And, Lisa, you are talking to people on Capitol Hill every day. What has been the reaction to all this?
This is what we were just hearing from William in the last segment, the playing field. How do you even it?
And some Republicans — they are divided — believe that this is a form of affirmative action that they say is reverse discrimination.
I'm going to start with some sound bites from two of those senators, Ted Cruz of Texas and Roger Wicker of Mississippi, specifically talking to the idea that President Biden would like a Black female as his next Supreme Court justice.
Sen. Ted Cruz (R-TX):
The fact that he's willing to make the promise at the outset that it must be a Black woman, I got to say, that's offensive.
Sen. Ted Cruz:
Black women are, what, 6 percent of the U.S. population?
He's saying to 94 percent of Americans, I don't give a damn about you. You are ineligible.
Sen. Roger Wicker (R-MS):
The irony is that the Supreme Court is at the very same time hearing cases about this sort of affirmative racial discrimination…
Sen. Roger Wicker:
… and while adding someone who is the beneficiary of this sort of quota.
But, of course, this is not new.
In fact, I want to pull up a quote by former President Reagan when he was a candidate for the presidency in 1980, when he promised himself: "It is time for a woman to sit among our highest jurists."
And, of course, he appointed Sandra Day O'Connor.
On the other side of this debate, there are those who say diversity isn't just something that's visual; it is something that makes a difference.
And I want to play some sound from an interview we did today with Maya Sen — she is with Harvard's Kennedy School of Government — about the value of diversity on our courts.
Maya Sen, Harvard University:
Important for the federal court system is that there are a lot of studying — studies showing that judges of different backgrounds decide cases differently.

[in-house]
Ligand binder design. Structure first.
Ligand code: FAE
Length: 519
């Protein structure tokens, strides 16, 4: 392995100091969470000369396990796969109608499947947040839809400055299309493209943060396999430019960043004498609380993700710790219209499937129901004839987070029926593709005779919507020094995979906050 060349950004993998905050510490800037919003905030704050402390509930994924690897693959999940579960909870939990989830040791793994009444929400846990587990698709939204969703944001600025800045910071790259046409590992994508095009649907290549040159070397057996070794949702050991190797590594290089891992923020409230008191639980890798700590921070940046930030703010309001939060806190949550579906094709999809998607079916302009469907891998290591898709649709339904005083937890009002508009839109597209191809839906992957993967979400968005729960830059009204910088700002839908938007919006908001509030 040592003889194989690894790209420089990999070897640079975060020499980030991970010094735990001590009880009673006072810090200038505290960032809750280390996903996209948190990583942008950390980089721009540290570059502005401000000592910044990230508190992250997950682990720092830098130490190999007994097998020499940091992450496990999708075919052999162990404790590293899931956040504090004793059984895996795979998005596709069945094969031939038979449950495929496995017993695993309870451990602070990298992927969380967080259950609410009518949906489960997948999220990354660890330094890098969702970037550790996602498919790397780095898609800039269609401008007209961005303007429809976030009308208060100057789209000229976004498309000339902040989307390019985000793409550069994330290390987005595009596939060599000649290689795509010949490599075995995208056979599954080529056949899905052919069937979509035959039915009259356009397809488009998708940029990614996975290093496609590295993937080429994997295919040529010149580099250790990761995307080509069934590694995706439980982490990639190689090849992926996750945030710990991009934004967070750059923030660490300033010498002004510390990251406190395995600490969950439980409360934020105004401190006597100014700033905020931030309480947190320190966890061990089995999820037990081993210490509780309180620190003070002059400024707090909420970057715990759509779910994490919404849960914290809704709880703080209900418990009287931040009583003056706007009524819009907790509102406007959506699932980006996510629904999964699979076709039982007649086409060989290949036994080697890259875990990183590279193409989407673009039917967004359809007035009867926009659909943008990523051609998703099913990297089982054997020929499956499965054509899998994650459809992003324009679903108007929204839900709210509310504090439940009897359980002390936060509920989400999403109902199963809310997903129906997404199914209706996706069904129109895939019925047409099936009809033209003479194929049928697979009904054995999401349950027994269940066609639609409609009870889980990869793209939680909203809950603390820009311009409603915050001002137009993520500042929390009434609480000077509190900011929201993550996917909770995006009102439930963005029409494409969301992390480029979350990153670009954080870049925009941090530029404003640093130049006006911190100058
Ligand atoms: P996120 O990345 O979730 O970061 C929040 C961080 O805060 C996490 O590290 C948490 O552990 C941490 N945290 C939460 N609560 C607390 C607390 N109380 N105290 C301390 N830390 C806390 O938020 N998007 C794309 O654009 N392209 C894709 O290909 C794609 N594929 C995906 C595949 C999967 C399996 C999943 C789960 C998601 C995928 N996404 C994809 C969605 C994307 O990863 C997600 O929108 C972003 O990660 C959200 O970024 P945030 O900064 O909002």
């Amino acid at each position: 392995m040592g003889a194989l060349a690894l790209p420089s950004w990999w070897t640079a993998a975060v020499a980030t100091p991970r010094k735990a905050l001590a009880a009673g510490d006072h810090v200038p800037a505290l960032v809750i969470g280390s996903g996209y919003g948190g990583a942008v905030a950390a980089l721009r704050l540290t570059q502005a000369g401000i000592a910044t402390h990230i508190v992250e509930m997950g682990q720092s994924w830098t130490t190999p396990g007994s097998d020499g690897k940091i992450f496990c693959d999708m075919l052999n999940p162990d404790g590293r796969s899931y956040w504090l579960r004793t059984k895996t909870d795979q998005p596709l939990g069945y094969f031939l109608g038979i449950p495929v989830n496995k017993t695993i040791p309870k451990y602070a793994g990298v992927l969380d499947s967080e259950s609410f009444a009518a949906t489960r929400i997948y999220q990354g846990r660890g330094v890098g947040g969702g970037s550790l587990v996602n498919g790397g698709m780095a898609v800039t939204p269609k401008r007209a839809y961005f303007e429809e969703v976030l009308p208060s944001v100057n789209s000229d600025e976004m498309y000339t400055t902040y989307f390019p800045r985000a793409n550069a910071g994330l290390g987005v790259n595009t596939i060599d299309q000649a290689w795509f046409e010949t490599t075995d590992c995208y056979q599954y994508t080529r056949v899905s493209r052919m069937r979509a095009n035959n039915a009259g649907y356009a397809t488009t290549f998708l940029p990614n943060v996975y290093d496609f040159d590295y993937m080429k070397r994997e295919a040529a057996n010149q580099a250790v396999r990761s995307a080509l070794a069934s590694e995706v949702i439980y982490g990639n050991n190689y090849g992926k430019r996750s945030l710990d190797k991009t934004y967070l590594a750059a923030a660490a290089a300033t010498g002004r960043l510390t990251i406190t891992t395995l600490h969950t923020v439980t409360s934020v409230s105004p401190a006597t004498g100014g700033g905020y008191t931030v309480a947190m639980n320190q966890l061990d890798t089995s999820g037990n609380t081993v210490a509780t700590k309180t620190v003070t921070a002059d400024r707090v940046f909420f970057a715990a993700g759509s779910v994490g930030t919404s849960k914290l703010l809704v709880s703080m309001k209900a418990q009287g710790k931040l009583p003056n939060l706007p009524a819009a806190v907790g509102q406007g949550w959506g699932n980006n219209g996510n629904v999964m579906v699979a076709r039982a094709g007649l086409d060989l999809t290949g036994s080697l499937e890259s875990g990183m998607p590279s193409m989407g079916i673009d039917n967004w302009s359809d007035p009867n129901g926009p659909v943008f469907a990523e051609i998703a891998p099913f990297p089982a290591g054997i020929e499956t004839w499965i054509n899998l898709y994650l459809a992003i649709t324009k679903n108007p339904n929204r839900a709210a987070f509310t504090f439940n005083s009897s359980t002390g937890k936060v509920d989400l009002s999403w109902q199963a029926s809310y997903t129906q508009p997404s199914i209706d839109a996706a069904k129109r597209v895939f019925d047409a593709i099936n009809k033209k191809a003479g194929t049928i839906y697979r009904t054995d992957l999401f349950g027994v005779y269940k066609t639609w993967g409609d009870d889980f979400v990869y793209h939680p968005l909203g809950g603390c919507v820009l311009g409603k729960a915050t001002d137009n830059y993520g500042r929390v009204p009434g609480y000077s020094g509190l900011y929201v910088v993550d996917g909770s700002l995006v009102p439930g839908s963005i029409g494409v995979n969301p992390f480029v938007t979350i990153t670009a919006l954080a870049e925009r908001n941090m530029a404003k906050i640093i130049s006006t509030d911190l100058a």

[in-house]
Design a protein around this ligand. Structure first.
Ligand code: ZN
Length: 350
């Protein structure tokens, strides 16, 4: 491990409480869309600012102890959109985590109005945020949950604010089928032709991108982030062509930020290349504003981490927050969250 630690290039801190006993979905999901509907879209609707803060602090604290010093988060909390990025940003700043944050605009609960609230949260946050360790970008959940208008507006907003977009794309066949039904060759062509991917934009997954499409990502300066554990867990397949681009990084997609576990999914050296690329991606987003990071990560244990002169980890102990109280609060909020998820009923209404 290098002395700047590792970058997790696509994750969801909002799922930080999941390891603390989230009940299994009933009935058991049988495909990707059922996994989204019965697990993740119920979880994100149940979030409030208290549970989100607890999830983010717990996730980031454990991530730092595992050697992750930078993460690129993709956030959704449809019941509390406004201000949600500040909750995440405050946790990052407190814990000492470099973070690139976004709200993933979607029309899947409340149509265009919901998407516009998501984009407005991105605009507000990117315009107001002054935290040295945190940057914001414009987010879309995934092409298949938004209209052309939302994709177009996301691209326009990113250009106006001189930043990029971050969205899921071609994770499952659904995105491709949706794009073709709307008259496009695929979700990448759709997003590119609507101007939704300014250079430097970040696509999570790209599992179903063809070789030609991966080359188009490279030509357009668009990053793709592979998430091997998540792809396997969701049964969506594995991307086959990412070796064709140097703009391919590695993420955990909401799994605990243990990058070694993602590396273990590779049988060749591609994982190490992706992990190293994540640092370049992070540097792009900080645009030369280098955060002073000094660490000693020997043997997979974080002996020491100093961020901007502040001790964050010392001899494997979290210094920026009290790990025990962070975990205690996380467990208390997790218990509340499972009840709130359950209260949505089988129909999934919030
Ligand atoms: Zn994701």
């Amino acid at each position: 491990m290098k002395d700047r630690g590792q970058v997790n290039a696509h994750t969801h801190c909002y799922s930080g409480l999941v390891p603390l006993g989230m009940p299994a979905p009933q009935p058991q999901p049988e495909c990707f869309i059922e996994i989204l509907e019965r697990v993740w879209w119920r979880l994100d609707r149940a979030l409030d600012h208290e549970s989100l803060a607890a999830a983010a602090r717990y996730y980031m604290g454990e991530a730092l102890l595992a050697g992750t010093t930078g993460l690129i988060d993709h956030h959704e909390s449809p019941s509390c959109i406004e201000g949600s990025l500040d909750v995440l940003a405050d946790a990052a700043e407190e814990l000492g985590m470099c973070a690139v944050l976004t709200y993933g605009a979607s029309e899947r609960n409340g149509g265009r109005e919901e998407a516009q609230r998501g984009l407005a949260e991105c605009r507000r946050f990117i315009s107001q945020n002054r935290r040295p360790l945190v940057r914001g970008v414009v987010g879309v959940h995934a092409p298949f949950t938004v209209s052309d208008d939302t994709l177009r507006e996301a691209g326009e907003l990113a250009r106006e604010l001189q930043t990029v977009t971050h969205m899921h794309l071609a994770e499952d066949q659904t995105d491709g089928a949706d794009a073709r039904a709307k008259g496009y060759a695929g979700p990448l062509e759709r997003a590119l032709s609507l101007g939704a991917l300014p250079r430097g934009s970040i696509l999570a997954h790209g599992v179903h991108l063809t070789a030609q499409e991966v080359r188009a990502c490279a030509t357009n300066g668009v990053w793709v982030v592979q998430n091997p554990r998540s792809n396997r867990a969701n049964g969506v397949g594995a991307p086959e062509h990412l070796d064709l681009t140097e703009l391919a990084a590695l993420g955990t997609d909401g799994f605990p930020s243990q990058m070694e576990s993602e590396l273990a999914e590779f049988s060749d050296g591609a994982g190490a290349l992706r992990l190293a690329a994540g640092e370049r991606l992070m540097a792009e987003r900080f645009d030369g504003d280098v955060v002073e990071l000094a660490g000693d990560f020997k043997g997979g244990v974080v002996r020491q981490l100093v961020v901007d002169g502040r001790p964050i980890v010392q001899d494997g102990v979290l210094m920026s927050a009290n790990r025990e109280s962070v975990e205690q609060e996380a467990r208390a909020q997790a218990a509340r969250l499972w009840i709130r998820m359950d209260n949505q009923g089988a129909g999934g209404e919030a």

So, to give you an example of this, there are a number of studies that have shown that white and Black judges sometimes sentence criminal defendants differently, and, in particular, that white judges tend to be harsher than Black judges, especially against Black defendants.
This is a lot of information, but to sum this up, Judy, President Biden is moving more quickly, in a historic way, and by far with the most diverse slate of federal judges to occupy the American bench in history.
And, finally, Lisa, I want to ask you about President Biden making his decision in coming weeks on who he's going to pick for the Supreme Court.
Tonight, he was meeting with the Senate Democratic leader, Chuck Schumer. I know you weren't in the meeting, but what can you tell us about it?
If they want to invite me, I'd love to go.
We haven't heard anything yet from that meeting.
But I will tell you some important news I can tell you regarding Senator Ben Ray Lujan of New Mexico. As we reported, he suffered a stroke. He is not going to be in the Senate. His vote is critical to the 50/50 Senate. His staff tells me that he is expected to return within four to six weeks.
That is good news for Democrats, who may need his vote in that Supreme Court fight. And I think we should watch that four-to-six-week timeline as a potential timeline for when we will see a Supreme Court nominee making it to the Senate floor, one month to two months.
Well, we certainly wish him well. We know a lot of the focus is on the Supreme Court, but everyone wishing him well, in terms of his health, too.
Lisa Desjardins reporting on it all.
Thank you, Lisa.
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Lisa Desjardins is a correspondent for PBS NewsHour, where she covers news from the U.S. Capitol while also traveling across the country to report on how decisions in Washington affect people where they live and work.